Top SAT Scores Begin in the Sandbox
In my last post I wrote about when a student should start preparing for college entrance exams. I described the parents who wanted me to start coaching their sixth-grader. (Read that post below.) As crazy as that sounds, I know that there are parents of even younger children who are already obsessing over how to maximize their child’s chances of getting into a top college. Some of you may eventually find your way to this blog. This post is for you.
I was teaching trigonometry in one of the top public high schools in the country. The class was in the middle of a test when one of my best students came up to ask about one of the questions. Some exploratory questions on my part revealed her problem. The word problem concerned flying a kite. She had never flown one. She didn’t understand how an airborne kite would behave. It was about that time that I began to realize: American teenagers are suffering from a sandbox deficit. They have spent too much time interacting with virtual environments and engaged in structured schooling and not enough time engaged in hands-on play activities that build the concrete foundations for more advanced learning.
I proposed the Sandbox Deficit theory to a fellow attendee at a meeting for recipients of an NSF grant for STEM programs. A professor of engineering at a university in the Midwest, he shared that his department had come to the same conclusion at a department meeting. Our young potential engineers are handicapped in their studies by the lack of a basic, hands-on experience of the world that used to be universal.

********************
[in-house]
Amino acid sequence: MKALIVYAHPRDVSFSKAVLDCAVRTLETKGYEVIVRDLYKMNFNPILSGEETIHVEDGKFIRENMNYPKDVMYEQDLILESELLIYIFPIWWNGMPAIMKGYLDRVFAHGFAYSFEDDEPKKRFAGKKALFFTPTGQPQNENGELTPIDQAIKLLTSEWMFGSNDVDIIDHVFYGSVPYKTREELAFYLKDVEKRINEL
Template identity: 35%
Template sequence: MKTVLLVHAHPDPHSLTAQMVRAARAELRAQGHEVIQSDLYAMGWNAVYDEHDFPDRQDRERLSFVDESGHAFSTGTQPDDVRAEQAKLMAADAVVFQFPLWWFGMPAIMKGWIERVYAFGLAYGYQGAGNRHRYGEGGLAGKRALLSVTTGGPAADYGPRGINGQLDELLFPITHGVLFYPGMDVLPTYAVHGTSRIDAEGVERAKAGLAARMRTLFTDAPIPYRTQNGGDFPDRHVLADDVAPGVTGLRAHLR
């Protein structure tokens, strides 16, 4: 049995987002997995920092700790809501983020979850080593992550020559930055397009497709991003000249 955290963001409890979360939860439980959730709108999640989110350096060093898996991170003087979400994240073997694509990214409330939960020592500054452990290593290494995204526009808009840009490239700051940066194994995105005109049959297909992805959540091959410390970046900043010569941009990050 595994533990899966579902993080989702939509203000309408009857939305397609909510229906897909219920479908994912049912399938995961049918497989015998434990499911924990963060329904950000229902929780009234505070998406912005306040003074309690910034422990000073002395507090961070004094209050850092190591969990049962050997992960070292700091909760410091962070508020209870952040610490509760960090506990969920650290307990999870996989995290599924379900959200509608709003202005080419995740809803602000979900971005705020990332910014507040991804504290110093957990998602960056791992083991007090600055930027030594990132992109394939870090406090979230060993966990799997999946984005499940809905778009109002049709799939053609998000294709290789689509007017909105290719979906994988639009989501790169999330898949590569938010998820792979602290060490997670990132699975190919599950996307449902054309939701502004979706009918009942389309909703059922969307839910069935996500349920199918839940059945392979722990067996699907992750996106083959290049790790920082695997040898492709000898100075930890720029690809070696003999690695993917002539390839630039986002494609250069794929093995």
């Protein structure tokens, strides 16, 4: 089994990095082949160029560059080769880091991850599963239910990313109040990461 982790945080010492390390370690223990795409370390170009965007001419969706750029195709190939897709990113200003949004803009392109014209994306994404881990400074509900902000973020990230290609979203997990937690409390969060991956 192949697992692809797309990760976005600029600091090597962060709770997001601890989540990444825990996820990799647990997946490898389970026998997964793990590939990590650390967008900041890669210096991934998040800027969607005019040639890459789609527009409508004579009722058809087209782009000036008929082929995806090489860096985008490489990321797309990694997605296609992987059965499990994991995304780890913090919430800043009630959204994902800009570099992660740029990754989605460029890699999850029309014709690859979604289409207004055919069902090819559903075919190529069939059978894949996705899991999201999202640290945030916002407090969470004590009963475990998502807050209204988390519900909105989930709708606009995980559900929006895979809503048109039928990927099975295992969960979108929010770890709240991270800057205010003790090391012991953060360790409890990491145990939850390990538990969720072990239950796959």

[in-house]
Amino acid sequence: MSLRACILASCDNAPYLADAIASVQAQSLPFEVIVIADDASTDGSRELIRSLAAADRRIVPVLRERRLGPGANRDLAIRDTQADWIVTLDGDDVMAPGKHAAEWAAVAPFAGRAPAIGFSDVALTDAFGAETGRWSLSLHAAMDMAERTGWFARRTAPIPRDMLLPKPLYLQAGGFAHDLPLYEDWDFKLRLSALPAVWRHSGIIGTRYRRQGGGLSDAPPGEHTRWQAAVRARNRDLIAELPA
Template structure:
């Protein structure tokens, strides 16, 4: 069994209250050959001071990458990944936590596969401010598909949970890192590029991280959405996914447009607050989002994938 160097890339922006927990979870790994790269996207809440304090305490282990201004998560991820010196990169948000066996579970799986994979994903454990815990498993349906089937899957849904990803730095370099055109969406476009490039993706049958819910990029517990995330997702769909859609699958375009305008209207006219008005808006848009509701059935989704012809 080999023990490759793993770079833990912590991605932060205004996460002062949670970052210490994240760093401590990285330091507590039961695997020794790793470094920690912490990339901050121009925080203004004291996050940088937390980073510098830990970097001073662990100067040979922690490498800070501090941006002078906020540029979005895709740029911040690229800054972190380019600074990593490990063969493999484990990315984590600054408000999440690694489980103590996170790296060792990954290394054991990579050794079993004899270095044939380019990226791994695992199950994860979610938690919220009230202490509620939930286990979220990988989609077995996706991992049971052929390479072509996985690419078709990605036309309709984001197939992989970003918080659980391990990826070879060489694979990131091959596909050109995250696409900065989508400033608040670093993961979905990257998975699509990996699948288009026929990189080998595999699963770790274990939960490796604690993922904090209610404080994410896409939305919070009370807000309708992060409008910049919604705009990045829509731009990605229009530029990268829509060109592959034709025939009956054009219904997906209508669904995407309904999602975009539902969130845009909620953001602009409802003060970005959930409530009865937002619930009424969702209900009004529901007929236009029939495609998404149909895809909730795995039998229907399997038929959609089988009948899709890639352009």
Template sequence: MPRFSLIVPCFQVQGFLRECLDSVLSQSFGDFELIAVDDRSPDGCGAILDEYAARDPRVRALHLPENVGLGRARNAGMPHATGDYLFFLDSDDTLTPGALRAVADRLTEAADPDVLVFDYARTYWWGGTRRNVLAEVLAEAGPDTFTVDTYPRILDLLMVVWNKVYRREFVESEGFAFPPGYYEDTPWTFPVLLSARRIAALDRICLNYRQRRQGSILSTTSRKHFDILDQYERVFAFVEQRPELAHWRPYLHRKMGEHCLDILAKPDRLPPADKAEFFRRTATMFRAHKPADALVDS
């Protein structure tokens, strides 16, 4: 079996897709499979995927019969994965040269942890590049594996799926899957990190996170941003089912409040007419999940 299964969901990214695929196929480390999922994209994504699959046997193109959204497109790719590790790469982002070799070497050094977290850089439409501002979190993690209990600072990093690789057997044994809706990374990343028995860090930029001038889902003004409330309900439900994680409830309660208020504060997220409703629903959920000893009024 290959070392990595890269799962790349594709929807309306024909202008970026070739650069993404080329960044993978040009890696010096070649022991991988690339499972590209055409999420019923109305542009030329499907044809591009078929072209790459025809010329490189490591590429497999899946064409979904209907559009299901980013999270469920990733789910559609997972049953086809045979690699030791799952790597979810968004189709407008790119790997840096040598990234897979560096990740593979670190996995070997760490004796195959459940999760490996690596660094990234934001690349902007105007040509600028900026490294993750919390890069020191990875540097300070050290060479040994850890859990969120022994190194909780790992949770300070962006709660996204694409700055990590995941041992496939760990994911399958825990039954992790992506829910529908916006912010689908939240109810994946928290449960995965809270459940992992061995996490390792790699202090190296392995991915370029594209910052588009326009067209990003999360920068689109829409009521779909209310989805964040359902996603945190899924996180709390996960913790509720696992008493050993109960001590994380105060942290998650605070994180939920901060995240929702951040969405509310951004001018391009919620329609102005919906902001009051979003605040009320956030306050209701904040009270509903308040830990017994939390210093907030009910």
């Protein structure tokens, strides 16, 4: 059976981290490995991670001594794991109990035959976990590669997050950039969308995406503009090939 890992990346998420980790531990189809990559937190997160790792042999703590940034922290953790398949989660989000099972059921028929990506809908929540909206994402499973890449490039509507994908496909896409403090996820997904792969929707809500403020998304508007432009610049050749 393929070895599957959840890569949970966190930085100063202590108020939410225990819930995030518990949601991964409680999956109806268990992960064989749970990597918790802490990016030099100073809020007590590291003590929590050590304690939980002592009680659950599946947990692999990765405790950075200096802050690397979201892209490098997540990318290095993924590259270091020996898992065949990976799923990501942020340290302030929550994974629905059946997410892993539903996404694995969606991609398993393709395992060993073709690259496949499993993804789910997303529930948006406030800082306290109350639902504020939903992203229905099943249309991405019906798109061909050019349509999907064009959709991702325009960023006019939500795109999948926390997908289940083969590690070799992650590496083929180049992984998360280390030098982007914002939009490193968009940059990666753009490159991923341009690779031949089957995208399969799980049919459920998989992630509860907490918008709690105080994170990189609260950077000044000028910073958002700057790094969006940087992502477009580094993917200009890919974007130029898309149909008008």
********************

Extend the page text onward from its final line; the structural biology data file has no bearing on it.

There is something fundamentally wrong with having to add remedial kite-flying to the trigonometry curriculum, but that is not as horrifying as the teenagers who don’t understand how shadows work. (Read a fellow blogger's post on that subject here.) One wonders if some of our youngsters have ever been outside. The director of an environmental education program for honors-level high school students shared, “The first thing we have to do is teach the children how to be outside. When they come for the first session, they are all dressed inappropriately for the weather and the environment.” The real shocker: These children aren’t inhabitants of the “urban jungle”; all come from five of the most rural counties in North Carolina.
Everywhere I turn I see advertisements for the latest early childhood electronic learning program. Parents who elect not to enroll their toddlers in pre-school announce they are “home schooling”. Some are actually using formal preschool curriculum. Meanwhile, formal school tasks are filtering down to younger and younger grades.
As high stakes testing adds pressure to perform academically, schools are trying to maximize classroom learning during the school day. Parents are lining up tutors and extra-curricular activities in an attempt to make sure their children have every advantage. More and more the thing that is missing from our children’s lives is unstructured play. Researchers are beginning to look at the learning that takes place during play, and the result of removing play opportunities from the school day. (Read an article on the subject here.)
As time goes on, I expect that we will hear of more and more evidence of the importance of play and the necessity of scaling back students’ interactions with electronic “learning” programs. Meanwhile, as I work with students preparing for their college entrance exams, I continue to see first-hand the effects of the Sandbox Deficit.